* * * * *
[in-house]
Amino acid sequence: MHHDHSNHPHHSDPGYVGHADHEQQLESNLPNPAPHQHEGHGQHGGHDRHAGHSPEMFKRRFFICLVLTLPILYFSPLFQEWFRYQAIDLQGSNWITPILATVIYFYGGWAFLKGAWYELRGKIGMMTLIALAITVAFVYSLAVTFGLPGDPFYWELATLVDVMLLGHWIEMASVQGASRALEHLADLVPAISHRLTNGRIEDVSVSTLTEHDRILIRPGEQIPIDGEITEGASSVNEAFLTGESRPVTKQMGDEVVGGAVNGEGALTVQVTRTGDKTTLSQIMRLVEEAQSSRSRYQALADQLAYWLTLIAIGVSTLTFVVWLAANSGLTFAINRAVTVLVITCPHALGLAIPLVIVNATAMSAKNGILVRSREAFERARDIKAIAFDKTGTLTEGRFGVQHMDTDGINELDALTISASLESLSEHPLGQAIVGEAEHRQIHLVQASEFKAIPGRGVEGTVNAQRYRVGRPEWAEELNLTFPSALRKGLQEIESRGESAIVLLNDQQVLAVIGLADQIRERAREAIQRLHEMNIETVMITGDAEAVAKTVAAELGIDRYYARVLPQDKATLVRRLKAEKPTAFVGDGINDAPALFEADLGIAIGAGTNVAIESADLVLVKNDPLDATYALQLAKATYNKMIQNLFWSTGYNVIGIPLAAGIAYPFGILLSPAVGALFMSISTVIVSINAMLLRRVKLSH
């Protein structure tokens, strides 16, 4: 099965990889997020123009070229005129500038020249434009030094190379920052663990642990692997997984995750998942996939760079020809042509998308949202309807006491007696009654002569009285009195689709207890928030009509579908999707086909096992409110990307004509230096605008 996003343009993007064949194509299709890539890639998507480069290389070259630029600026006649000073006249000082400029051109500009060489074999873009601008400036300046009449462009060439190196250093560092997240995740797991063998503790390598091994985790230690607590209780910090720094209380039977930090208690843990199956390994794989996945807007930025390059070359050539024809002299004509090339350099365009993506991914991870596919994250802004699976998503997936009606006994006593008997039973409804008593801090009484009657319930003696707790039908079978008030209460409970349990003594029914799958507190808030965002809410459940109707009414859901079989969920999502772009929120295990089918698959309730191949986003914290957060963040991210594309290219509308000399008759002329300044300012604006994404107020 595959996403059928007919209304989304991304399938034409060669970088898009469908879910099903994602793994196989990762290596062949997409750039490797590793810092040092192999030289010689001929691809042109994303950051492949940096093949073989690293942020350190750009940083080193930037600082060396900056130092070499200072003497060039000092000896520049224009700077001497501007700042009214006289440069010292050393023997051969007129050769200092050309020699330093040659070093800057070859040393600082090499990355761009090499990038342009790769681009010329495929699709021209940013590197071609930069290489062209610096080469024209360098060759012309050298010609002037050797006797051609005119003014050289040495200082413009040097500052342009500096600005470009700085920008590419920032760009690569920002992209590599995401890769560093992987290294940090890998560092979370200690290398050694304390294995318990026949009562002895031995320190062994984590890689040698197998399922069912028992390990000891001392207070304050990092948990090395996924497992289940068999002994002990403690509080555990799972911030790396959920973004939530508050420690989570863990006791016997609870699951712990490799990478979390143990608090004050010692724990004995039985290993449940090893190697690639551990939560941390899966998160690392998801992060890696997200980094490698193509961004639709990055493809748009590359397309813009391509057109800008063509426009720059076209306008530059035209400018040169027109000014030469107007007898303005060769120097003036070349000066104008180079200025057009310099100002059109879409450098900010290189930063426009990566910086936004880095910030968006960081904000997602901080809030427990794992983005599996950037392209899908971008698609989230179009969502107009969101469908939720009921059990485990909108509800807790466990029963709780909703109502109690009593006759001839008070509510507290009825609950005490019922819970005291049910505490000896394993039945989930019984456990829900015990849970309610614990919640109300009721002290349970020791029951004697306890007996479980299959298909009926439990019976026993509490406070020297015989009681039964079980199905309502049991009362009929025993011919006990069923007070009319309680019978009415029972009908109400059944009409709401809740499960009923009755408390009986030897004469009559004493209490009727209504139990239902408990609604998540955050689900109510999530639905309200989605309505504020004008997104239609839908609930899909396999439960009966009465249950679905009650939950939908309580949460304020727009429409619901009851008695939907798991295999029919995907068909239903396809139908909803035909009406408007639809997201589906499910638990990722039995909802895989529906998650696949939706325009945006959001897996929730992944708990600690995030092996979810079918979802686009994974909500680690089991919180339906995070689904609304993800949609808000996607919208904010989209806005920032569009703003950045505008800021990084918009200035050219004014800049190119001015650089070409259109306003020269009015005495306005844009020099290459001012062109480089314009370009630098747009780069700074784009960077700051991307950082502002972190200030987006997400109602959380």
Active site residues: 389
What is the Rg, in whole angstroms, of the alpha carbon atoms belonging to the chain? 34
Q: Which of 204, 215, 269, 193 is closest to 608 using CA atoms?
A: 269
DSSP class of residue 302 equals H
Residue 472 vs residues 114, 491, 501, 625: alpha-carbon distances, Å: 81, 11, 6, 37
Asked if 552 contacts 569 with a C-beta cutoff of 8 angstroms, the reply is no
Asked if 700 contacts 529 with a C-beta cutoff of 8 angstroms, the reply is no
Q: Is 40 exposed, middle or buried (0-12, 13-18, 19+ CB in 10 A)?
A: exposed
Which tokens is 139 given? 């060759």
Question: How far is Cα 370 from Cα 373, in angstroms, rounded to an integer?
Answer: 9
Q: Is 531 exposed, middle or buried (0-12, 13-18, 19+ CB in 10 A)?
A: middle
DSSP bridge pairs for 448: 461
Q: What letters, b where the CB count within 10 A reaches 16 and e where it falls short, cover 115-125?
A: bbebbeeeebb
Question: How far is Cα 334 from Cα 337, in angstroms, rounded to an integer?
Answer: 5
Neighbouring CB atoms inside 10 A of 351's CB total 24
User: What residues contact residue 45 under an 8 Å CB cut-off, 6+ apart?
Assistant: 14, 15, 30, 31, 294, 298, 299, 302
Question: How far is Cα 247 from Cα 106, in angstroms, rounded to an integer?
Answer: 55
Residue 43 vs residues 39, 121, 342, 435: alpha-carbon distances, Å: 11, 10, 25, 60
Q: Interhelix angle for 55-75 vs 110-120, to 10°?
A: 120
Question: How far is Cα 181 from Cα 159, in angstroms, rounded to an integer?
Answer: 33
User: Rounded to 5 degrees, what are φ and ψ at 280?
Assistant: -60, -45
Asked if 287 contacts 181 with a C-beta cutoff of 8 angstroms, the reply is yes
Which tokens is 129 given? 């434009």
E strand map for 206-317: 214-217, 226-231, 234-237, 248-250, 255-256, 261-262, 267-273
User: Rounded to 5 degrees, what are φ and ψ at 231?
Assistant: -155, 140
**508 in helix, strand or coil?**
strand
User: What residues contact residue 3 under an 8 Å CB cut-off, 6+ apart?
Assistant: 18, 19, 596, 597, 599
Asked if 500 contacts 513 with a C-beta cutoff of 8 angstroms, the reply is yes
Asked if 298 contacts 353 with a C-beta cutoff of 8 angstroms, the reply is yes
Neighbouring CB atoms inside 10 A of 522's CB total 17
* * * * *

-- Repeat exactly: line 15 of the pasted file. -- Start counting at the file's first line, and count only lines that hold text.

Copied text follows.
Question: How far is Cα 370 from Cα 373, in angstroms, rounded to an integer?